A "friend" friend? Is that ironical?

Fumiko Take

Senior Member
Vietnamese
Here are some quotes from the "Lois & Clark" series:
A- Who are you?
B (a guy)- I'm a friend of her ("her" is another female character whom B is looking for)
A- A boyfriend, **a "friend" friend** or just a friend?
Do you have any idea what "a 'friend' friend" is supposed to mean? Is that ironical or something?
 
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  • nobuta1997

    Member
    Mandarin Chinese & Shandong dialect
    I think it has something to do with the story/context, because that doesn't sound like the way people normally talk anyway.
     

    velisarius

    Senior Member
    British English (Sussex)
    It might be 'Are you Facebook "friends" or friends in real life?' I think that for an outsider this could be ambiguous. If "just a friend" means "a real-life friend", then it might be ironical. Presumably the two people in the series knew what they were talking about.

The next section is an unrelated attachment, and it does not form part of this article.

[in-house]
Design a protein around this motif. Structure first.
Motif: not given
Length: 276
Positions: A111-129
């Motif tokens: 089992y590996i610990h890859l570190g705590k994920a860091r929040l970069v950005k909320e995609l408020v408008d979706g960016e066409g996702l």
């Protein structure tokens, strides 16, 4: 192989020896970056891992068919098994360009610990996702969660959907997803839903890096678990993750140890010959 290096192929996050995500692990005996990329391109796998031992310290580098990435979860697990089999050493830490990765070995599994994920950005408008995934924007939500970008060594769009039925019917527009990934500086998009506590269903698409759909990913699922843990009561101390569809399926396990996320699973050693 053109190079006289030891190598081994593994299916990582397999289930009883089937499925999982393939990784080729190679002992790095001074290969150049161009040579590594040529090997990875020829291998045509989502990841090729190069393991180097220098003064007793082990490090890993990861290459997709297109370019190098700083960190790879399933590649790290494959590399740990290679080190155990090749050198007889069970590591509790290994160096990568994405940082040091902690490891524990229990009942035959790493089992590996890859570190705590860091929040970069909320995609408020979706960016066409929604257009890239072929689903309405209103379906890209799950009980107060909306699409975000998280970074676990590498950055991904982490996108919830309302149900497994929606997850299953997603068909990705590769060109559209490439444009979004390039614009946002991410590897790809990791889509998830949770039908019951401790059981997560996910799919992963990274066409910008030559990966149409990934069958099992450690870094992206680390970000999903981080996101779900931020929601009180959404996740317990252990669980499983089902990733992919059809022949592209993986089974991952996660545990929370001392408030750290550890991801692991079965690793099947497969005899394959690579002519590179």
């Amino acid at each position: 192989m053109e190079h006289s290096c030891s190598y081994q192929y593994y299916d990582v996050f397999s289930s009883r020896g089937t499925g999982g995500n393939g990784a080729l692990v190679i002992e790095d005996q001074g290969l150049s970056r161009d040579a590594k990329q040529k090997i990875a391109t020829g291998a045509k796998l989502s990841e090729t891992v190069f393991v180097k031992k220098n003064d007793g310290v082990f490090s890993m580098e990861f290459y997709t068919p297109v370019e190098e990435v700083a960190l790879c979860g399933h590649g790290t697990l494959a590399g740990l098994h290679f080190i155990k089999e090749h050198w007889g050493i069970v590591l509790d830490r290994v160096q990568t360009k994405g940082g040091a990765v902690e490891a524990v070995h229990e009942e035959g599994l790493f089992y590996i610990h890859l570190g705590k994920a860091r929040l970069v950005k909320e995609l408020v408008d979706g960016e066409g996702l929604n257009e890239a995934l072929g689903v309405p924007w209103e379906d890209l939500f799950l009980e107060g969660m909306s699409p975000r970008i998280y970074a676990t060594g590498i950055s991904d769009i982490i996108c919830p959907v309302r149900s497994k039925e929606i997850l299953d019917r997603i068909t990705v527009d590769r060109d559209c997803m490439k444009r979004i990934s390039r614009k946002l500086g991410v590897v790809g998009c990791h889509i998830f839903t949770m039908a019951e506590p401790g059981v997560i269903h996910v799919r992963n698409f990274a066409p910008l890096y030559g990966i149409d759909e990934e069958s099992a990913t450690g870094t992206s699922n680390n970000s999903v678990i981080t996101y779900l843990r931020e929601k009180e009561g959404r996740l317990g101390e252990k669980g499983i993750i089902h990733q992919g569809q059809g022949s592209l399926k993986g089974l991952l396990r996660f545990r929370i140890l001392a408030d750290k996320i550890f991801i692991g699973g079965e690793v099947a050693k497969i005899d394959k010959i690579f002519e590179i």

perpend

    Banned
    American English
    A "friend friend" in my experience means a true/real friend.

    It's a double construction that emphasizes the word "friend".
     
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    velisarius

    Senior Member
    British English (Sussex)
    Yes, there's even a word for it apparently: reduplication - see the "hotword" blog.
    It could very well be as perpend says. The only thing that puzzles me is the inverted commas in '"friend" friend'.
     

    Ania R.

    Senior Member
    Polish (Poland)
    Yes, there's even a word for it apparently: reduplication - see the "hotword" blog.
    It could very well be as perpend says. The only thing that puzzles me is the inverted commas in '"friend" friend'.
    I think that the inverted commas are there so that we know that the word was pronounced differently/emphasized in the original utterance. Since it's spoken language we have to find some ways to mark the stress/emphasis and difference in tone when we transcribe :)
     

    velisarius

    Senior Member
    British English (Sussex)
    The emphasis could be, as Beryl suggested in #2, that the "friend" isn't a real friend; or it could simply emphasise that they are true friends, as perpend says. I don't think we can know. Maybe the tone of voice of the speaker and facial clues would make it clear.
     
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